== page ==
Even protesting the Keystone XL pipeline could land you on an FBI watch list

Living on Earth
Keystone XL protests

Native American protesters against the Keystone XL Pipeline watch from along the motorcade route as US President Barack Obama arrives for a commencement address in Watertown, South Dakota May 8, 2015.

Jonathan Ernst/Reuters

It may take less to land yourself on an FBI watchlist than you imagined. Simply opposing the Keystone XL pipeline may be enough.

New reports from Texas show FBI investigators have equated environmental protests with extremism. The documents also indicate the FBI violated its own protocols and opened sensitive probes into protesters without proper authority.

In 2012, an environmental organization called Tar Sands Blockade started to actively organize in Houston and other parts of Texas, according to journalist Adam Federman, who first reported the story for The Guardian. About the same time, the FBI started gathering intelligence on the activists and their organization.

“The investigation that was opened into anti-Keystone activists was described in several places as a sensitive investigative matter, which is a particular kind of investigation that involves political organizations, religious organizations, academic institutions or media organizations,” explains Federman. “These kinds of investigations require a higher threshold of approval to be opened,” he says. But the Houston office of the FBI didn’t follow these procedures.

Documents Federman received through the Freedom of Information Act revealed reports of non-compliance. Others show the bureau was classifying these protesters as extremists, using an expansive definition of what that means. “The way that environmental extremism is defined in the documents we have is incredibly broad, which is both troubling and also makes you wonder what sort of intelligence the agency was using to base its investigation on,” Federman says.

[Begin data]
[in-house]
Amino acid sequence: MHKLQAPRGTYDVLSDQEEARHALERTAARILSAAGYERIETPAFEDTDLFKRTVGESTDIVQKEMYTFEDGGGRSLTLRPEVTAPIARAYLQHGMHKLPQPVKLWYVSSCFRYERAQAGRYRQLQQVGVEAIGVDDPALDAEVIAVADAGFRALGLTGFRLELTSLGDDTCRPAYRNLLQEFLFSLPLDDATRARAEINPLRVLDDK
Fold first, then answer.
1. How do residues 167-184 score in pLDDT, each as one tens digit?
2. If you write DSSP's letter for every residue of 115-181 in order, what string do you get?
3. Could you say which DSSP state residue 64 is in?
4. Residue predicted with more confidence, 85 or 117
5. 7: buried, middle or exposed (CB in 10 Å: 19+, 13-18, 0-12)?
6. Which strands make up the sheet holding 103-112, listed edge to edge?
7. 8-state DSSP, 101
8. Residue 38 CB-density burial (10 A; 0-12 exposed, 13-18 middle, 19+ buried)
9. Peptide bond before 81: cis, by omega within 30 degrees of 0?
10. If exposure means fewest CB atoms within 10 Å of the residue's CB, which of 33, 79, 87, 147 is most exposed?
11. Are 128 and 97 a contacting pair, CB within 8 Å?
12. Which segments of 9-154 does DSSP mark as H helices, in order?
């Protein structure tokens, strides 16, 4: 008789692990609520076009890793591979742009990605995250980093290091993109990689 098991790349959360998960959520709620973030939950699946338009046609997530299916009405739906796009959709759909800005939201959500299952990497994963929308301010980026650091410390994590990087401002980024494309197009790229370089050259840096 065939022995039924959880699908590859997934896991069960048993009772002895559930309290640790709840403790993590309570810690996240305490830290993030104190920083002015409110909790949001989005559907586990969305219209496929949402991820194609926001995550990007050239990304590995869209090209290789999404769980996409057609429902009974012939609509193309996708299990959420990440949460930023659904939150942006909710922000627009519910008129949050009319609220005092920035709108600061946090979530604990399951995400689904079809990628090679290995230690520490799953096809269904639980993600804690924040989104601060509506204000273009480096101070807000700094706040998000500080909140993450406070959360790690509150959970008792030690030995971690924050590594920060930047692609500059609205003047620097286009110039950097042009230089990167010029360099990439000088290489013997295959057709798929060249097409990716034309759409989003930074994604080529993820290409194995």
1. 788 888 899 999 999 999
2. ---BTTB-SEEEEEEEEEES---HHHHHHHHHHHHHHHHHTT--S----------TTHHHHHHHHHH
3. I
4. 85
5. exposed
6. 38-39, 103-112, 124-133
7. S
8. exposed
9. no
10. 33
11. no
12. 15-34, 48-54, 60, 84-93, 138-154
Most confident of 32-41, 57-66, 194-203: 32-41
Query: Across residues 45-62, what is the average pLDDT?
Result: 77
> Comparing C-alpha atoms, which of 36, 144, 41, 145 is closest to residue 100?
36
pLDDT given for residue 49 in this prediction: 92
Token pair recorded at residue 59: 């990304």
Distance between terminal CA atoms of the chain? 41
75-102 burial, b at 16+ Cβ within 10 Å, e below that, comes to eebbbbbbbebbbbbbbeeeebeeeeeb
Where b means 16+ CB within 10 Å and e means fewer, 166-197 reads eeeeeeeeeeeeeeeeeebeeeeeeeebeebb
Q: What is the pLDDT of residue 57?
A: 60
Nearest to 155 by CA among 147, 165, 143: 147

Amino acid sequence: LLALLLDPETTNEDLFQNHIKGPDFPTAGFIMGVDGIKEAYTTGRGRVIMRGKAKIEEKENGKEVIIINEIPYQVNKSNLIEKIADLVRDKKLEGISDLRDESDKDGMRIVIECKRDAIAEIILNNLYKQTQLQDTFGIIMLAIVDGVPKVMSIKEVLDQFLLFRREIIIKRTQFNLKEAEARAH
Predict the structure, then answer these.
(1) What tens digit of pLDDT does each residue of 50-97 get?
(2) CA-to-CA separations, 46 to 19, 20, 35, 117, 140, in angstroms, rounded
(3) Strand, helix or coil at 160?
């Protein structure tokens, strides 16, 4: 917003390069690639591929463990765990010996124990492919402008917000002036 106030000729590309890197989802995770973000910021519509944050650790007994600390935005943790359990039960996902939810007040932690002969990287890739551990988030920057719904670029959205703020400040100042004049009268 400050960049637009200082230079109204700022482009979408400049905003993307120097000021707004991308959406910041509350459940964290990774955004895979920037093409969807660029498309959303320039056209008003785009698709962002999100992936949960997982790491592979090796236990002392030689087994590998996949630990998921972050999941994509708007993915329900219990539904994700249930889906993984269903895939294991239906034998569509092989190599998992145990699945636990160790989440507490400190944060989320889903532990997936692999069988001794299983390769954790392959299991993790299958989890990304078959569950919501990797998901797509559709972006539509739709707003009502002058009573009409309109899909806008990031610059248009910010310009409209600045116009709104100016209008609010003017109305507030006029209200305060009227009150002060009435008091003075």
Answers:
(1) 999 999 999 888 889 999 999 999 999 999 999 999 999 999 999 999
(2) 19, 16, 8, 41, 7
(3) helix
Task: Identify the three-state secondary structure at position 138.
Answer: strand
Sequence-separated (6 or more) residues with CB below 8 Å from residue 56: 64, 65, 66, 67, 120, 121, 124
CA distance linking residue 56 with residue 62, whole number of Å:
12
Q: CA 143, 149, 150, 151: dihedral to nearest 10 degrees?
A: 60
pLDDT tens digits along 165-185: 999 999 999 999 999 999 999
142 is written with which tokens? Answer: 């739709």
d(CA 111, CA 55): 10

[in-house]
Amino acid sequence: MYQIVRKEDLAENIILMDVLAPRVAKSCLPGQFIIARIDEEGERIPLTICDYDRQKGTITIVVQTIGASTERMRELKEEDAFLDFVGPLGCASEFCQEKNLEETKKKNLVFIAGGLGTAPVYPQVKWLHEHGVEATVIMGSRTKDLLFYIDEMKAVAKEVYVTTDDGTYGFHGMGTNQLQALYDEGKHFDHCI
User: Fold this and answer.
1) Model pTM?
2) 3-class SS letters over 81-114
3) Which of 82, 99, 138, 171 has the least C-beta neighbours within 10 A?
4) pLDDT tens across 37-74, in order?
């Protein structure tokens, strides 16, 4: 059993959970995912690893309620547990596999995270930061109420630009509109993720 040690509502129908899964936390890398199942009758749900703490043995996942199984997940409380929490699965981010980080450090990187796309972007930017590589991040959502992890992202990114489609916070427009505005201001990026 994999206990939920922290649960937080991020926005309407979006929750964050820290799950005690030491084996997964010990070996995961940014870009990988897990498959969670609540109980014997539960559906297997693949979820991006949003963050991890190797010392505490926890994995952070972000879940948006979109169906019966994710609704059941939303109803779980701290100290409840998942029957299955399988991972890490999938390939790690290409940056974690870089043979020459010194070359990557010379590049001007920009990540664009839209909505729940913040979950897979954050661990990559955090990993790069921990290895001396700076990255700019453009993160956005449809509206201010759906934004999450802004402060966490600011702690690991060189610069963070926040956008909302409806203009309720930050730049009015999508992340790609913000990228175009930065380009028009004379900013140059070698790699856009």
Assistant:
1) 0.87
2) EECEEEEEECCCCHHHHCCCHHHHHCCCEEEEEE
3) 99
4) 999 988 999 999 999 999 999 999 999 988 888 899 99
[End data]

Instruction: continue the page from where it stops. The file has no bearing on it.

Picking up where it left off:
“This organization is made up of activists who feel strongly about this issue and they’re willing to get arrested and commit these acts of civil disobedience, but then to conflate that with environmental extremism I think is where we get into pretty murky water,” he explains.

For its part, the FBI says the documents were related to a lower-level assessment and not an investigation, focusing on potential threats.

“If no potential threat is found, no additional investigation is warranted and the assessment is closed, which is what occurred in this instance.” The statement went on to note that oil and gas infrastructure is critical in the country and it could be the target of terrorism, espionage or other criminal activity. As for the initial report of non-compliance, the FBI said it was an administrative error that was identified by the organization’s internal oversight mechanisms and rectified.

This story is based on an interview from PRI's Living on Earth with Steve Curwood.